Introduction to Machine Learning for Geophysical Applications
Instructor: J.C. (Jaap) Mondt, Breakaway
Disciplines: Data Science - Machine Learning
CPD Points: 10
Next deliveries: 21 June - 21 July 2021 (postponed) | 27 September - 27 October 2021 | 15 November - 15 December
|Early fee until
8 days before
|Regular fee from
7 days before
the course starts
|EAGE Bronze/Silver/Gold/Platinum Member||295 EUR||345 EUR|
|EAGE Platinum Member||295 EUR||295 EUR|
|EAGE Green Member||345 EUR||395 EUR|
|EAGE Bronze/Silver/Gold Student Member||150 EUR||175 EUR|
|EAGE Green Student Member||175 EUR||200 EUR|
||395 EUR||445 EUR|
|Education Package||2 credits||2 credits|
*EAGE Membership for the remainder of the year is included in the non-member fee
Format: this course consists of video lectures, reading material, quizzes and 4 live interactive webinars with the instructor. The live webinars will take place in the first two weeks of the course as indicated in the schedule below. During this time the instructor will be available for questions. After that, participants will have time to study independently, review the course materials and complete the assignments.
|Day 1||Introduction webinar||2 hrs|
|Day 2||Independent study|
|Day 3||Interactive Q&A webinar||2 hrs|
|Day 4||Interactive Q&A webinar||1 hr|
|Day 5 - 10||Independent study|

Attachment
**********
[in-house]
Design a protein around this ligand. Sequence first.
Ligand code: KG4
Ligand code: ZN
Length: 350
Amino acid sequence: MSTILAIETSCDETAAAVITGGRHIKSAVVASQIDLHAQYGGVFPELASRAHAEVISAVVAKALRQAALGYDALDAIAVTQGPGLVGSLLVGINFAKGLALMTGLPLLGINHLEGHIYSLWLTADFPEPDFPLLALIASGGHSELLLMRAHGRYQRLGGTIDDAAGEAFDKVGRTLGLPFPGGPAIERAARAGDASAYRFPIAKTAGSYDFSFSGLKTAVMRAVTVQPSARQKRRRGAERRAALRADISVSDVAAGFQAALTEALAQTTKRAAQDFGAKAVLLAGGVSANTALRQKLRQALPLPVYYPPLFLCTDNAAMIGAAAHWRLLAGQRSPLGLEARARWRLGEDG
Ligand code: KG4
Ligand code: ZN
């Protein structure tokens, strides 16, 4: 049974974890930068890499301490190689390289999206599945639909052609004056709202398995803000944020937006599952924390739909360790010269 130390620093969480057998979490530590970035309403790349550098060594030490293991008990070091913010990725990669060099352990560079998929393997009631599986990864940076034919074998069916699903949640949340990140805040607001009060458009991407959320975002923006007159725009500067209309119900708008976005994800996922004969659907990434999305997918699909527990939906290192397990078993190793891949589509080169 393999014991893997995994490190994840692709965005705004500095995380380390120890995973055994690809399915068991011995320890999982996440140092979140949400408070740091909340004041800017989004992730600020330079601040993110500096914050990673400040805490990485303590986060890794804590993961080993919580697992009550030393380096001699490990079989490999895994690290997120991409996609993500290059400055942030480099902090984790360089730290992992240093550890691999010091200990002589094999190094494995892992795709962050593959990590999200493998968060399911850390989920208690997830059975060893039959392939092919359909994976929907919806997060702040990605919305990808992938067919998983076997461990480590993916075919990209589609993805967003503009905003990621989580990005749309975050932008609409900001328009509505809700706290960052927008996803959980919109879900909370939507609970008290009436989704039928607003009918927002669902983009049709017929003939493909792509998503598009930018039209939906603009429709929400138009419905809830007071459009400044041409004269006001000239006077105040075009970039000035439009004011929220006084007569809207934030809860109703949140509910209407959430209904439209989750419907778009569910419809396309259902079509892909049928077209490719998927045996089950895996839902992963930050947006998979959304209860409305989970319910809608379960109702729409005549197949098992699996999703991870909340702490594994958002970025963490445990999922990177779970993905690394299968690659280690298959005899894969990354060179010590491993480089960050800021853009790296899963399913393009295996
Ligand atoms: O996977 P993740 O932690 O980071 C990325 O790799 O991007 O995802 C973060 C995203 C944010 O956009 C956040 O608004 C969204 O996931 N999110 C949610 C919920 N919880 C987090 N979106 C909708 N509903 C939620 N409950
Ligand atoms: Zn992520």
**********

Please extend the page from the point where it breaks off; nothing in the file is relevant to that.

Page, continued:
|Day 11||Conclusion webinar||1 hr|
|Day 12 - 30||Independent study|
Duration: 14 hours (click on "Register" to see the exact times of the next delivery)
Note this is an estimation of the time required to go through the course, including watching/reading lectures, attending webinars and completing quizzes.
After purchasing this course, you will have access to the intake quiz and introductory course materials. All course materials and assignments will be available after the course starts. You will have access to the course for a total period of 1 month after the start of the course. Make sure to complete all the requirements for the achievement of the certificate by this date.
A certificate of completion will be available upon completion of all course requirements. After the end of the course, your certificate will remain available for download in your Profile page.
Brief course description
The aim of the course is to introduce how Machine Learning (ML) is used in predicting fluids and lithology. It will give an understanding of the “workflows” used in ML. The used algorithms can be studied separately using references. Power-point presentations and videos will introduce various aspects of ML, but the emphasis is on computer-based exercises using open-source software.
The lectures and exercises deal with pre-conditioning the datasets (balancing the input classes, standardization & normalization of data) and applying several methods to classify the data: Bayes, Logistic, Multilayer Perceptron, Support Vector, Nearest Neighbour, AdaBoost, Trees. Non-linear Regression is used to predict porosity.
Learning methods and tools